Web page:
He might have won the F1 Championship but that didn’t stop Lewis Hamilton complaining about Yas Marina after 2017’s Abu Dhabi Grand Prix.
With the 2017 championship already in his bag (his fourth), Lewis Hamilton could have been forgiven for taking things a bit more sedately during the season’s final race at Abu Dhabi’s Yas Marina Circuit. But that’s not him at all and, if nothing else, the man knows the importance of his loyal fan-base so was always going to give it all he had.
That didn’t mean top place for the Brit on the podium, however, as Hamilton’s Mercedes teammate, the Finnish Valtteri Botas, took the pole and secured his third – and easily most important – grand prix win. For Botas, this was undoubtedly the moment when he finally validated all the faith his team has had in him all along. With only one season in his contract, we’d say his agent will now be rubbing his/her hands at the prospect of some upcoming negotiations.
Once again, however, the design of Yas Marina’s track came in for criticism because of its dearth of overtaking opportunities, making for a less than exciting race for drivers and spectators alike. “It’s one of the worst tracks for that,” Hamilton later said to reporters. With only seven laps to go, Hamilton had been closing in on Bottas but couldn’t get past. “I was never going to overtake unless he made a massive mistake,” he added. Still, it’s doubtful that anyone at Mercedes would be complaining – the dominance it exhibited throughout the season and, indeed the past four years, has been almost ridiculous.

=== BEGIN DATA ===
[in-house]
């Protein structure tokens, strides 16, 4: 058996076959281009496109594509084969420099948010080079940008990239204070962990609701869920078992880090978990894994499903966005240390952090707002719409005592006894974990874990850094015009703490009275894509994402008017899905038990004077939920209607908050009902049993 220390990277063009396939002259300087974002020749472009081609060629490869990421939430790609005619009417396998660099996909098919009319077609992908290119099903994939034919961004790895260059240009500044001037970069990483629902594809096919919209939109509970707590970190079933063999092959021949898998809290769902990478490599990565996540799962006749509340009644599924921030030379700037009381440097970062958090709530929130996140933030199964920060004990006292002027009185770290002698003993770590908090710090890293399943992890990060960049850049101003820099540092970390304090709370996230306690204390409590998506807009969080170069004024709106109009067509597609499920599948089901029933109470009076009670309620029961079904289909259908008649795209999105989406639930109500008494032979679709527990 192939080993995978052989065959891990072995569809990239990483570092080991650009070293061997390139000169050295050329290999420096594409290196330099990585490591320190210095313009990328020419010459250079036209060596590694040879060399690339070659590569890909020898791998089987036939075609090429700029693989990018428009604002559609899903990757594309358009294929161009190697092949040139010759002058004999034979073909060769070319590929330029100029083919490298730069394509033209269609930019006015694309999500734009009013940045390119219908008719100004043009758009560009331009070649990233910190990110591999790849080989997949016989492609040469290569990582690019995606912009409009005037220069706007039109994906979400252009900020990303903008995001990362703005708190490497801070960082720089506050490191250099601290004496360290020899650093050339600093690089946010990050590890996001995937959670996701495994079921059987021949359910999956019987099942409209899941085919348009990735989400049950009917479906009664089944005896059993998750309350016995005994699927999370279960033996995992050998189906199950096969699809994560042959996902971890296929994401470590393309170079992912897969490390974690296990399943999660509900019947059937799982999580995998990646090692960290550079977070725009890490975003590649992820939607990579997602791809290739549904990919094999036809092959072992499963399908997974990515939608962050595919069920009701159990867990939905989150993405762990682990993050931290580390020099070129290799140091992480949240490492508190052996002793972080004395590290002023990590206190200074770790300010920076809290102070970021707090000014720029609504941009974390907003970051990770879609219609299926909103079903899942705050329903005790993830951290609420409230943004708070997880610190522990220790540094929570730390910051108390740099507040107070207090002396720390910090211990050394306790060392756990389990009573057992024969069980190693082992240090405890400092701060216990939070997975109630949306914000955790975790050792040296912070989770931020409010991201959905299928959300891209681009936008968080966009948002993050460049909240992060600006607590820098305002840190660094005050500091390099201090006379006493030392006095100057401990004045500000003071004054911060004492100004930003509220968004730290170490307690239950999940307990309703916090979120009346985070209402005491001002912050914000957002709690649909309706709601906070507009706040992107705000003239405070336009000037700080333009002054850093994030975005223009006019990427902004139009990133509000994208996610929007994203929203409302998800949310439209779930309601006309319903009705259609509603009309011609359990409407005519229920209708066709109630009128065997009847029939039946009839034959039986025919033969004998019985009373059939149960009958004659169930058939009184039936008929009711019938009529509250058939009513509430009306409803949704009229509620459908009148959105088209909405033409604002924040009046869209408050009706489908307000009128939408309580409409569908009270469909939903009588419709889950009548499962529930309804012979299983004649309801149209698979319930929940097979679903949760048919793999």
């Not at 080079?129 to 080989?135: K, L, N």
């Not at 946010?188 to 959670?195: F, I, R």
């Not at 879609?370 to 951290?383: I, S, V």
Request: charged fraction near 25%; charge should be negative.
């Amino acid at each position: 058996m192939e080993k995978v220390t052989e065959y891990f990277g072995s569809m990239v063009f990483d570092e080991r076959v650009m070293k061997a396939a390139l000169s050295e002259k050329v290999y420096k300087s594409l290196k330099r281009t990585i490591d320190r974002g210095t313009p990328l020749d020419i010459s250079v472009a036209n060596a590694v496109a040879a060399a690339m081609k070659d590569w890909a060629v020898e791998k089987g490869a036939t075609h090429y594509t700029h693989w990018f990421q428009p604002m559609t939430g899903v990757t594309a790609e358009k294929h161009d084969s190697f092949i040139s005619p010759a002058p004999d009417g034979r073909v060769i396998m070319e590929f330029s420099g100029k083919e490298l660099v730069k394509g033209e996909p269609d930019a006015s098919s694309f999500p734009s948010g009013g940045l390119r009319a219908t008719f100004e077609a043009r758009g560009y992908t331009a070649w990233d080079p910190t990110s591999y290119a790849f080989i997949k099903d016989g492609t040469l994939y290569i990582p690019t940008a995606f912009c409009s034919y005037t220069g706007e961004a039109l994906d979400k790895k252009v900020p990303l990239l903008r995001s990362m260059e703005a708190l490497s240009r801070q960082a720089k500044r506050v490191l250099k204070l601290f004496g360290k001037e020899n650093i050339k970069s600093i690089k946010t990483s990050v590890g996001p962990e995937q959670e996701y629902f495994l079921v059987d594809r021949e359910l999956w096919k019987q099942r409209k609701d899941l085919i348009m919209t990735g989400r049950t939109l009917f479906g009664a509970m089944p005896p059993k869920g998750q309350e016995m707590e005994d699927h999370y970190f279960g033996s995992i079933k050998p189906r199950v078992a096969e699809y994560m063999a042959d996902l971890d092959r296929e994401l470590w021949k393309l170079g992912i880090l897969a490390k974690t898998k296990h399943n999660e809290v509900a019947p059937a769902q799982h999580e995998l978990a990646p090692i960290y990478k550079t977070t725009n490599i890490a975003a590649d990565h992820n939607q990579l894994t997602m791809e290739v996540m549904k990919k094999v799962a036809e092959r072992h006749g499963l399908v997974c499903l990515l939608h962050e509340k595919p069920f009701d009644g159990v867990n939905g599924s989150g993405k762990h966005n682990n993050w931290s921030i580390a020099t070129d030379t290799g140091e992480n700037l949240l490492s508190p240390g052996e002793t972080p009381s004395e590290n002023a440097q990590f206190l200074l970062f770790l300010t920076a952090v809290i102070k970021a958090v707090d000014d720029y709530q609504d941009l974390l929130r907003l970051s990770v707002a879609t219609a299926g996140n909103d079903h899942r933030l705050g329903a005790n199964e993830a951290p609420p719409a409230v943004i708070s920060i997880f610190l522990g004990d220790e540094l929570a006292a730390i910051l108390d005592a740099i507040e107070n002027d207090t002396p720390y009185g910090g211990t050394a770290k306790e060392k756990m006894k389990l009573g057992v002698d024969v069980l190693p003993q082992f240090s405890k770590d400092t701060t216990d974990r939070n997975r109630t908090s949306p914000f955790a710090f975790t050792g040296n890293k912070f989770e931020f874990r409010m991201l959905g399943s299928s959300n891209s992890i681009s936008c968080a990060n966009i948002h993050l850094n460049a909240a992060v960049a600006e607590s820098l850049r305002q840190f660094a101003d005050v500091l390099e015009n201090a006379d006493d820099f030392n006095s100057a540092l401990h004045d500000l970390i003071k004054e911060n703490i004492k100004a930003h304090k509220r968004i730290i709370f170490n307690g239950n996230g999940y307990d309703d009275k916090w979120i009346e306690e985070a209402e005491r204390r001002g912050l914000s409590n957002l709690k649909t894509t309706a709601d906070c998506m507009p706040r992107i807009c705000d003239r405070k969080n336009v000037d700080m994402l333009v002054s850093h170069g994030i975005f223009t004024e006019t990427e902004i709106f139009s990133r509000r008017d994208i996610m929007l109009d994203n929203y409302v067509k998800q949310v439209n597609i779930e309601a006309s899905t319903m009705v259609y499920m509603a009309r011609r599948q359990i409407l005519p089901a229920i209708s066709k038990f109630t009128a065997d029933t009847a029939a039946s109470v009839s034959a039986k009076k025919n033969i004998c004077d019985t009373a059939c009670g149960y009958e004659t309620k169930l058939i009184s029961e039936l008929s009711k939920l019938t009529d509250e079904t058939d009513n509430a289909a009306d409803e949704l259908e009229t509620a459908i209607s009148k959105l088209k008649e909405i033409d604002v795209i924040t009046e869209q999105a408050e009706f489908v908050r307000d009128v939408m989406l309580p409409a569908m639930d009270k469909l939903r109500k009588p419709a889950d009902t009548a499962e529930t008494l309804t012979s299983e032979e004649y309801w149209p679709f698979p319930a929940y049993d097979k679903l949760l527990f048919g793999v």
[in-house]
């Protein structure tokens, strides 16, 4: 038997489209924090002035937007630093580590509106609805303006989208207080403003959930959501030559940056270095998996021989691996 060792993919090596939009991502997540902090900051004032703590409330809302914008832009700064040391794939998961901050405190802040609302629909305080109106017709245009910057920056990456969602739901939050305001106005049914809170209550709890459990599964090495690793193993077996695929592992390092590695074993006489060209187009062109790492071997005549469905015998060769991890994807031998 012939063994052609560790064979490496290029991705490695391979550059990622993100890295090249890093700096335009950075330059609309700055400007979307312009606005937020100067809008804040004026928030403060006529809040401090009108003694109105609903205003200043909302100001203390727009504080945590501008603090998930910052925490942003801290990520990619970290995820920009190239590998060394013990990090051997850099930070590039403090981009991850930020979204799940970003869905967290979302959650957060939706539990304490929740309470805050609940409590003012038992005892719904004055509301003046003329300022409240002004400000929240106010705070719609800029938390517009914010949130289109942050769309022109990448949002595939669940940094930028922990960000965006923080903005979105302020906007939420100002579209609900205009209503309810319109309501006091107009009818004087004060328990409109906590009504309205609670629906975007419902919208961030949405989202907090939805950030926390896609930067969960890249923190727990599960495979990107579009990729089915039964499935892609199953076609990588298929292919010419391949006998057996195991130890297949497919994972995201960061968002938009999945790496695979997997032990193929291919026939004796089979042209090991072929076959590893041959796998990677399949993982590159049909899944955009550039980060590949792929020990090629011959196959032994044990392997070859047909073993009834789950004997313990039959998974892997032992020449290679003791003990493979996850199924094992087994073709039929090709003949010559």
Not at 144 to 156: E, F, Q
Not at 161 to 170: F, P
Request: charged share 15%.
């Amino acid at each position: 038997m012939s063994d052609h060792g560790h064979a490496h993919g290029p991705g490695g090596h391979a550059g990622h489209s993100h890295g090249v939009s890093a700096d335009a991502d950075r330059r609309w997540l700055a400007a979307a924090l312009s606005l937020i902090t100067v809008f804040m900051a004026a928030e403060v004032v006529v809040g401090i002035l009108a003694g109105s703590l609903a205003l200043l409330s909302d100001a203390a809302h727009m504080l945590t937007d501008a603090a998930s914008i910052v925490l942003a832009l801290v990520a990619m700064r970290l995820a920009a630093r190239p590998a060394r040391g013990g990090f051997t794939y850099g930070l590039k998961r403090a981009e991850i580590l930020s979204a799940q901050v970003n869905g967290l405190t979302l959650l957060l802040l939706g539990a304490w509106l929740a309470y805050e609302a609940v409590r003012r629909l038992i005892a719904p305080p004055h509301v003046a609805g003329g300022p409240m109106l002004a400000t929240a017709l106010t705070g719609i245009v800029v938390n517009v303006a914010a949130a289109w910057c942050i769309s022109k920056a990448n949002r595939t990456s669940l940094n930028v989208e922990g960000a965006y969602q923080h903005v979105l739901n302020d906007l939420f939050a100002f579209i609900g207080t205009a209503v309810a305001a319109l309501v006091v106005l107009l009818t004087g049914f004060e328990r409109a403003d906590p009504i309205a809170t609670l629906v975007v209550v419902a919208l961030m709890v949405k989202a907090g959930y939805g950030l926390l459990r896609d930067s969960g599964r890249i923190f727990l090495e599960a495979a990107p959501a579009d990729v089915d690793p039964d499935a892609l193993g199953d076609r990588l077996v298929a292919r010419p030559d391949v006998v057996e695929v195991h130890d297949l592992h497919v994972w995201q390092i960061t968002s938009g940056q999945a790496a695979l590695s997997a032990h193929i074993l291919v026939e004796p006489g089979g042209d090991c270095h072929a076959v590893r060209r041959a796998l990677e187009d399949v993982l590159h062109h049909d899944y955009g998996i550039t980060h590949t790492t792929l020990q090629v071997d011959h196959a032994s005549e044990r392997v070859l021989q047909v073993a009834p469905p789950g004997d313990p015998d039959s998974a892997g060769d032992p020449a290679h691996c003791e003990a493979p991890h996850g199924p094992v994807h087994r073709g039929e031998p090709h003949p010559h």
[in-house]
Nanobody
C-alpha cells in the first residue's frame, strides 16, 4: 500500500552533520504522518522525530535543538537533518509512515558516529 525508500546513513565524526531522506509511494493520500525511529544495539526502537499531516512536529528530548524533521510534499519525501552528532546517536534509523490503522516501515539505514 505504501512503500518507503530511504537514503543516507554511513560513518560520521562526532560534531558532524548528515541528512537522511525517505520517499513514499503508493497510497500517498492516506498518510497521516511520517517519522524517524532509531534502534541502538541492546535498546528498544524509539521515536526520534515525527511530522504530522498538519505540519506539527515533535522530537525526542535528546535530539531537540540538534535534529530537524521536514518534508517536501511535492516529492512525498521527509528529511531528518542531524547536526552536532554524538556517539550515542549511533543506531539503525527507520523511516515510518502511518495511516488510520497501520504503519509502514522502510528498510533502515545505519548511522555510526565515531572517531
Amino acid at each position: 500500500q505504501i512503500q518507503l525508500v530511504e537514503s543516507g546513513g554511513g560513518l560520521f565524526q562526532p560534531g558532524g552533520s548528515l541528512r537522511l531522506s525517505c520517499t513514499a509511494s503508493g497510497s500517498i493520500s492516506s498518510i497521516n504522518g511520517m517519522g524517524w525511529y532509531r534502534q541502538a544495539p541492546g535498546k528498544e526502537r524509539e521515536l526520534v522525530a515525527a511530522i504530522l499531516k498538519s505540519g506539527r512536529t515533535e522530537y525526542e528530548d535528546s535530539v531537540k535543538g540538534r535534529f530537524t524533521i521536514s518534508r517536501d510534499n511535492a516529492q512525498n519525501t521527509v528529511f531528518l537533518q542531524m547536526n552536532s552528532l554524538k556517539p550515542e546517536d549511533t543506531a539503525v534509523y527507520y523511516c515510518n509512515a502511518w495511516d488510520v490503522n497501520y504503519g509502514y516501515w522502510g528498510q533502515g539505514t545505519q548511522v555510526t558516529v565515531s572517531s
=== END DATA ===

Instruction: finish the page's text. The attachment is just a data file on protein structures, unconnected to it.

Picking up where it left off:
Ridiculous enough to make the sport too predictable? Many are saying as much. In fact, as the team took top honours at Yas Marina, some pundits were already complaining that the results table is unlikely to look any different at the end of 2018, unless Ferrari pulls an ace from under its sleeve. Stranger things have happened.
Sebastian Vettel, who at certain times in the season looked like he might be in with a chance of stealing Hamilton’s glory, cruised home to third place and it was a race to forget for Daniel Ricciardo, who qualified fourth but failed to finish. Crossing the line in tenth was probably not how Felipe Massa wanted his final race to pan out but that’s Yas Marina for you – the races that excite here are the ones when championships are still in the balance.
The run from the start grid to the first turn is barely 300 metres and has a short braking zone, so there’s very little opportunity for changing position – in fact, after the first lap, the entire top 12 positions were the same as when they’d started.
For Massa, this was the end of a career that began with Sauber 15 years before he hanged up his Nomex suit for good. With his departure, there had been much speculation about Robert Kubica occupying the empty Williams seat but it’s been confirmed that rookie Russian, Sergey Sirotkin, will be driving for the team instead. Kubica, unbowed, maintains that a return to F1 is his ultimate goal. Maybe next year, Robert.
As darkness descended on Abu Dhabi and fireworks lit the sky with a staggering display, the commentators went into overdrive about a newly unveiled F1 logo and the prospects of far reaching changes in the sport once again. Hamilton, on the other hand, seemed blissfully nonchalant and completely at ease. It might not have been his race but 2017 had definitely been his year.